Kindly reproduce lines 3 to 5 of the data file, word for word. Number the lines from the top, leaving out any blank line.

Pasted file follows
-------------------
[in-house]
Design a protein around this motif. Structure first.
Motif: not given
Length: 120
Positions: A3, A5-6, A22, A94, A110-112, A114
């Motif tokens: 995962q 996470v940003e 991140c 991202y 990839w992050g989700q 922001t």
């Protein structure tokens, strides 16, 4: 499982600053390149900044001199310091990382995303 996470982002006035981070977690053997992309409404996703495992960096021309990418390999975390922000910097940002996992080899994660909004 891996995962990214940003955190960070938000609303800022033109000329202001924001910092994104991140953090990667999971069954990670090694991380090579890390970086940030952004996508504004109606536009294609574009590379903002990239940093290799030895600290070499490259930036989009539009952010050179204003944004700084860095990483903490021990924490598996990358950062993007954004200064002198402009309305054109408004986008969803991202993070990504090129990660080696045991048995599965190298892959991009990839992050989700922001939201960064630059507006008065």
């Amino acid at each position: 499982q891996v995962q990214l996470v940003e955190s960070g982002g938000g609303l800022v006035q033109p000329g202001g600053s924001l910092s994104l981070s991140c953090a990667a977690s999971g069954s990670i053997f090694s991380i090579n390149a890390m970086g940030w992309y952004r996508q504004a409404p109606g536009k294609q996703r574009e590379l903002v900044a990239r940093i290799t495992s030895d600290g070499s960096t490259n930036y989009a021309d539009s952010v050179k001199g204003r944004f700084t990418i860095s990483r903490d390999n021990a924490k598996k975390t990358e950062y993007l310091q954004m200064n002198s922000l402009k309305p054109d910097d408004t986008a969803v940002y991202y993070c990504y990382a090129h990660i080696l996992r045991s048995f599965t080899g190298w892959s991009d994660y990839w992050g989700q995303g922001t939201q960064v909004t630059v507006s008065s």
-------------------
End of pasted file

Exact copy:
Motif: not given
Length: 120
Positions: A3, A5-6, A22, A94, A110-112, A114